Renee Zellweger in 'What/If'
PHOTO: Adam Rose/Netflix/WHATIF_101_Unit_00907RC3/Adam Rose/Netflix
Renee Zellweger in 'What/If'
(CNN) —  

“Everything happens for a reason,” a character says in “What/If,” but it’s not clear what the reason is behind this new Netflix drama, a peculiar mashup of producer Mike Kelley’s last series, “Revenge,” and an overt riff on the movie “Indecent Proposal.” Renee Zellweger headlines the cast, but her toothy role to move the show into the “Yes/Do” watch category.

The debt to “Revenge,” a twisty ABC series, is that one of the characters appears to be playing a very long game, which involves manipulating those around her. The difference is while the motivation for those events was explicitly stated by the title, the impetus here remains hazy, though not enough of a mystery to make the episodes much more than mildly watchable.

The centerpiece here is again a young woman, Lisa (“Suburgatory’s” Jane Levy), who is desperate to launch a medical-tech startup, but struggling to find financing. She eventually finds a backer in the form of Zellweger’s wealthy investor Anne Montgomery, but there’s a hitch: If you want my support, how about a night with your bartender husband, Sean (Blake Jenner)?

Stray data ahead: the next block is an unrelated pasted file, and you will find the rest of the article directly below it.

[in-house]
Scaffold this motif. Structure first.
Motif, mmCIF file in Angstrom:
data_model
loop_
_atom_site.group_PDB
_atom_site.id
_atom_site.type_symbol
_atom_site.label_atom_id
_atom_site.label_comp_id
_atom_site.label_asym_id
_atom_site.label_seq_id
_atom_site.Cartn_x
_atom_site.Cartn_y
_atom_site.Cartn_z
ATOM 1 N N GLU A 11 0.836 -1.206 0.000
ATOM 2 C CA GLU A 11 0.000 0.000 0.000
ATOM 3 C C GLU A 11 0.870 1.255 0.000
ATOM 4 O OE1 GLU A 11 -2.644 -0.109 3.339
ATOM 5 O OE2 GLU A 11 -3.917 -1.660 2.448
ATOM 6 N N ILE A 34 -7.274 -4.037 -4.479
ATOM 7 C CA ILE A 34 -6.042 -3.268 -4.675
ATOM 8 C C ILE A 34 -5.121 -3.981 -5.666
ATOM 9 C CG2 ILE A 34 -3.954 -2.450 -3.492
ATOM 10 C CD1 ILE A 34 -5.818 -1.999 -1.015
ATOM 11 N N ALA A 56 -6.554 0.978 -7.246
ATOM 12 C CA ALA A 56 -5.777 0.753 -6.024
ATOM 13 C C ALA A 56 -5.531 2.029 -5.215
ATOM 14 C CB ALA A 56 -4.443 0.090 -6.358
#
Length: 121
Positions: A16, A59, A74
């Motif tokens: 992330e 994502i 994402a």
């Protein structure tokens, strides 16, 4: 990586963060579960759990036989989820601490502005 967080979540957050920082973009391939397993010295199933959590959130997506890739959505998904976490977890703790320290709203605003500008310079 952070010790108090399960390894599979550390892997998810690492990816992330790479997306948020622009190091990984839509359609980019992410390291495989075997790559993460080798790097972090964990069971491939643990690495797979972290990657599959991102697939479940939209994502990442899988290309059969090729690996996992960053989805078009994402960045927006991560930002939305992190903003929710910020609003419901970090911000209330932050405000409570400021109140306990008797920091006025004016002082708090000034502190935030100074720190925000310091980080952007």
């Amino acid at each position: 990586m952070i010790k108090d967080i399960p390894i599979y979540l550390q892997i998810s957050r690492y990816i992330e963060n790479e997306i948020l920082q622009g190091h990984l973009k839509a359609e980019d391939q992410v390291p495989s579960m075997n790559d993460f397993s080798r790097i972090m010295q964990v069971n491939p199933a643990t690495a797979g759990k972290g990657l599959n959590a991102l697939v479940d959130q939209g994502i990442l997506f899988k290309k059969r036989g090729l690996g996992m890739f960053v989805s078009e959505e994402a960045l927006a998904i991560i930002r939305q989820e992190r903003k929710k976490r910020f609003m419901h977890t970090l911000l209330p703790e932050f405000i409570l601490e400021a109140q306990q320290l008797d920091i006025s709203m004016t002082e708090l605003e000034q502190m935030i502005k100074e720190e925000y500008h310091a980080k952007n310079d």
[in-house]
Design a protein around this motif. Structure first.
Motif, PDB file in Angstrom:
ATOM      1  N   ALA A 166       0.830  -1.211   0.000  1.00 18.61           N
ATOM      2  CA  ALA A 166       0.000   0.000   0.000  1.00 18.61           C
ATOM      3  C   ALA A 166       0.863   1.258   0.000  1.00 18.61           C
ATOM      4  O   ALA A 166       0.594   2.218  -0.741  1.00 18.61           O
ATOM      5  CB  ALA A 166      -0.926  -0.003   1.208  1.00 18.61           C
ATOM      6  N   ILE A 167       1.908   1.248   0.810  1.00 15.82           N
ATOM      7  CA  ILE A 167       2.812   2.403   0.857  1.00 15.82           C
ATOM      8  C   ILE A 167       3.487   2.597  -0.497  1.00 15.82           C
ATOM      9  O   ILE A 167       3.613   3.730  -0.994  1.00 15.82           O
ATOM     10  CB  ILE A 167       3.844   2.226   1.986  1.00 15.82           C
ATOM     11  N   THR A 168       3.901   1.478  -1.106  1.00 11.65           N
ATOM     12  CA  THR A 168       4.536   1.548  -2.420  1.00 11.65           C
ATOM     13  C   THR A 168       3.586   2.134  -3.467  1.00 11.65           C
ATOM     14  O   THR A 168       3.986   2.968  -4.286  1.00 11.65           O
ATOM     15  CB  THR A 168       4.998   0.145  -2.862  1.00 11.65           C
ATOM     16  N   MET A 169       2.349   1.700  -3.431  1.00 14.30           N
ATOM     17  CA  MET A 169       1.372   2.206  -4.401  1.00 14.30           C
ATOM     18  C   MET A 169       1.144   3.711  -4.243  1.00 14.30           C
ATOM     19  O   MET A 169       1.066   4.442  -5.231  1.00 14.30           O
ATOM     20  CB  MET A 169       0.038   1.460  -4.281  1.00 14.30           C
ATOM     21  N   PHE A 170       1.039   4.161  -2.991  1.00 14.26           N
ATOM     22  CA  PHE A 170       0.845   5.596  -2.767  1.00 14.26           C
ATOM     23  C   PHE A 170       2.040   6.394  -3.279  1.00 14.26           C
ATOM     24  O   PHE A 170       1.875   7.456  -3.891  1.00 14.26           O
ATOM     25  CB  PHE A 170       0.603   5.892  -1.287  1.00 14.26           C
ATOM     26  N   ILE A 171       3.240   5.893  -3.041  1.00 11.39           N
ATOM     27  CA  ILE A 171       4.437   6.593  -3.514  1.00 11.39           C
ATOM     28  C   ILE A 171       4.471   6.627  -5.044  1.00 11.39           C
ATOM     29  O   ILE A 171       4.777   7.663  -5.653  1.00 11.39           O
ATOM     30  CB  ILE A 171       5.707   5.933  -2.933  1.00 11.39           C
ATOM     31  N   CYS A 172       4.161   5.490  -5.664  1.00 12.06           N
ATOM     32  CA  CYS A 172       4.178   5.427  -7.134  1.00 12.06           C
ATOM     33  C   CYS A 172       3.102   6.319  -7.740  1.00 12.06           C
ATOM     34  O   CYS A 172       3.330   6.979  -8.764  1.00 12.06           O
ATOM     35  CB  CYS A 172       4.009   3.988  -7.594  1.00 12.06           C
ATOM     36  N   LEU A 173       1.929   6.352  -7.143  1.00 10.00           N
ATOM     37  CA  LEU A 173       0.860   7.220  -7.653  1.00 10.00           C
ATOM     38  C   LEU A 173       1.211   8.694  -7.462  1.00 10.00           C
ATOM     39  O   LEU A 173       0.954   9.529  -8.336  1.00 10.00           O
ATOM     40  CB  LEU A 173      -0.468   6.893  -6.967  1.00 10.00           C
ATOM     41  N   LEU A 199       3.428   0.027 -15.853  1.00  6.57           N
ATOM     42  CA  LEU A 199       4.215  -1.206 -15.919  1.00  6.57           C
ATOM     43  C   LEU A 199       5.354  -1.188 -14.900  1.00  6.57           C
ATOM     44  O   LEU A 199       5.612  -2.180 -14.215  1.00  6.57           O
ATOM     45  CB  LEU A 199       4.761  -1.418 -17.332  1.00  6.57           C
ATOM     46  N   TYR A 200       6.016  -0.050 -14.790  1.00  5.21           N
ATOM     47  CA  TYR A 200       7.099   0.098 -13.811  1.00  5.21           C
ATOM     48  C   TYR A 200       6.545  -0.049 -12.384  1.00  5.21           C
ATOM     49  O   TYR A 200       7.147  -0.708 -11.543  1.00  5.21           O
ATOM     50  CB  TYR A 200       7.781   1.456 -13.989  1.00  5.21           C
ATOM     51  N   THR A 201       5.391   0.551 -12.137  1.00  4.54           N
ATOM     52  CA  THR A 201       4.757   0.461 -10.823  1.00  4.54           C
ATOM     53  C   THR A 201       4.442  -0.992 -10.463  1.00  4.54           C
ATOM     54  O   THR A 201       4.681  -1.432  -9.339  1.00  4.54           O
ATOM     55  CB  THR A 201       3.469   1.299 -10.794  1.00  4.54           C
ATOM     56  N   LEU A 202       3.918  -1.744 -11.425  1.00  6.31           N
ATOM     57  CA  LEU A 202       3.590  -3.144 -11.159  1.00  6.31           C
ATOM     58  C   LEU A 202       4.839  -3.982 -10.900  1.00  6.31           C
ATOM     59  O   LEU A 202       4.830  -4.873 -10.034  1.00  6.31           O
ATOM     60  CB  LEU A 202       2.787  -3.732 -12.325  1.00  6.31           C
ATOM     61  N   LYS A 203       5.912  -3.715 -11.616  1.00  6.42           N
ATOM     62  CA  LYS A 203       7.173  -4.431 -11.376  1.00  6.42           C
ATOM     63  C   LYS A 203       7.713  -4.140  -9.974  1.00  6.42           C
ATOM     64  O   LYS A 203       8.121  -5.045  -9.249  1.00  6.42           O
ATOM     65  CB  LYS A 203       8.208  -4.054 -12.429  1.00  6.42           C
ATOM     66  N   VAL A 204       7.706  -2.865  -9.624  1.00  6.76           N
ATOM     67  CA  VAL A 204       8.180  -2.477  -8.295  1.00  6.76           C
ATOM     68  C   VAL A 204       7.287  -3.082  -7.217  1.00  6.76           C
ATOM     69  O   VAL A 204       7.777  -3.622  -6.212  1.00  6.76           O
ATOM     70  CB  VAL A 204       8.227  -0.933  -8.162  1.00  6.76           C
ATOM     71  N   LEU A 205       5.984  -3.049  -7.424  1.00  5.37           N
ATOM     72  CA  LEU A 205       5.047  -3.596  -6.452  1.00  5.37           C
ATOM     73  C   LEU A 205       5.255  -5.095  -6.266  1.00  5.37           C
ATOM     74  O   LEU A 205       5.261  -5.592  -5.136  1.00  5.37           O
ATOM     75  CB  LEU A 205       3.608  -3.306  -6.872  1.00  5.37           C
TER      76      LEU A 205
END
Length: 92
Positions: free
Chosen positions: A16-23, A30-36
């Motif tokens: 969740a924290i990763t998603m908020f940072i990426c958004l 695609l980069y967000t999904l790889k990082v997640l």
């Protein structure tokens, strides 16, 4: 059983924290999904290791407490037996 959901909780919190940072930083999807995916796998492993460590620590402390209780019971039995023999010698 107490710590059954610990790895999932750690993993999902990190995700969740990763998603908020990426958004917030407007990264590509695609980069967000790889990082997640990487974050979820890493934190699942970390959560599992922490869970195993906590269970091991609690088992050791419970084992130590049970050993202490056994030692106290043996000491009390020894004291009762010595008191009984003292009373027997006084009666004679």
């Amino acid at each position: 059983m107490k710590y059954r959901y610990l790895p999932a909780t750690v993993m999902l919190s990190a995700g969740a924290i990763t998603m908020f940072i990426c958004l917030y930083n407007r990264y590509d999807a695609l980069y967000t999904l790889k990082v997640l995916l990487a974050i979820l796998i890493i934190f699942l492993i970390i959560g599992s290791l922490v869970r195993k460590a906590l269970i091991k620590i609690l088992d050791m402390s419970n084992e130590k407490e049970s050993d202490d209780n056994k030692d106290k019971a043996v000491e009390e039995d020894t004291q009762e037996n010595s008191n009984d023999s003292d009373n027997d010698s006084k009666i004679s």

Newlyweds Sean and Lisa aren’t the only ones facing moral dilemmas, in a show that overflows with them. The tributary plots involve their friends and family, including Marcos (Juan Castano), who is somewhat dangerously drawing a third party into his relationship; and Angela (Samantha Ware), a married medical resident who is having an affair with her boss (Dave Annable), with all the complications that entails.

Unfortunately, most of those threads feel mostly like killing time until the focus gets back to Zellweger, who provides a lot of portentous advice like “You must be willing to make the hard choices, do the unpleasant things” and “True greatness only comes to those willing to pursue it at any cost.”

While there’s something fairly juicy about turning the “Indecent Proposal” gender dynamic on its head (the 1993 movie that presented Demi Moore and Woody Harrelson with that dilemma is referenced), Zellweger at times seems to have parachuted in from a different show – as if everyone else is doing a network soap, and she’s starring in a revival of “Basic Instinct.”

That aspect of the show should trigger curiosity – especially with Zellweger’s Judy Garland biopic coming up – and in pay-TV circles, that alone is something of a win. Still, whatever sizzle there is baked into the premise, in the execution, “What/If” feels a little too close to “So what?”

“What/If” premieres May 24 on Netflix.